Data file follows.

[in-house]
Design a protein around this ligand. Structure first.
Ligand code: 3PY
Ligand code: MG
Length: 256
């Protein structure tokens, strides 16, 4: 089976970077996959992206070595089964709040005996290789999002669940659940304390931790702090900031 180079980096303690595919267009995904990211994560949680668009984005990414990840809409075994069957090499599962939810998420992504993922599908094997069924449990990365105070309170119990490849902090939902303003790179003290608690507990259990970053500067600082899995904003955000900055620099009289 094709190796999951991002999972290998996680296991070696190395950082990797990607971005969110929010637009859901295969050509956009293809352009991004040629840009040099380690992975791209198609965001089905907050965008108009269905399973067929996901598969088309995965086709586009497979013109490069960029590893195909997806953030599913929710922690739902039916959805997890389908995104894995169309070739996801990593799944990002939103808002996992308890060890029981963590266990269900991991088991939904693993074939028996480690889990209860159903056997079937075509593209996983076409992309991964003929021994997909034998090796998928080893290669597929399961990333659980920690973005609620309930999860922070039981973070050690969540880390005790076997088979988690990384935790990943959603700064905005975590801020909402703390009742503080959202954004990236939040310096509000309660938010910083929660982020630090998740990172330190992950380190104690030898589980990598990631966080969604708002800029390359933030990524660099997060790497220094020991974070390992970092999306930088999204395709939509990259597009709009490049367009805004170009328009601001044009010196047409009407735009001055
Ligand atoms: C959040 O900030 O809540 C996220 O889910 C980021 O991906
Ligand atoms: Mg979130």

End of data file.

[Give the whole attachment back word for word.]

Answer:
[in-house]
Design a protein around this ligand. Structure first.
Ligand code: 3PY
Ligand code: MG
Length: 256
């Protein structure tokens, strides 16, 4: 089976970077996959992206070595089964709040005996290789999002669940659940304390931790702090900031 180079980096303690595919267009995904990211994560949680668009984005990414990840809409075994069957090499599962939810998420992504993922599908094997069924449990990365105070309170119990490849902090939902303003790179003290608690507990259990970053500067600082899995904003955000900055620099009289 094709190796999951991002999972290998996680296991070696190395950082990797990607971005969110929010637009859901295969050509956009293809352009991004040629840009040099380690992975791209198609965001089905907050965008108009269905399973067929996901598969088309995965086709586009497979013109490069960029590893195909997806953030599913929710922690739902039916959805997890389908995104894995169309070739996801990593799944990002939103808002996992308890060890029981963590266990269900991991088991939904693993074939028996480690889990209860159903056997079937075509593209996983076409992309991964003929021994997909034998090796998928080893290669597929399961990333659980920690973005609620309930999860922070039981973070050690969540880390005790076997088979988690990384935790990943959603700064905005975590801020909402703390009742503080959202954004990236939040310096509000309660938010910083929660982020630090998740990172330190992950380190104690030898589980990598990631966080969604708002800029390359933030990524660099997060790497220094020991974070390992970092999306930088999204395709939509990259597009709009490049367009805004170009328009601001044009010196047409009407735009001055
Ligand atoms: C959040 O900030 O809540 C996220 O889910 C980021 O991906
Ligand atoms: Mg979130």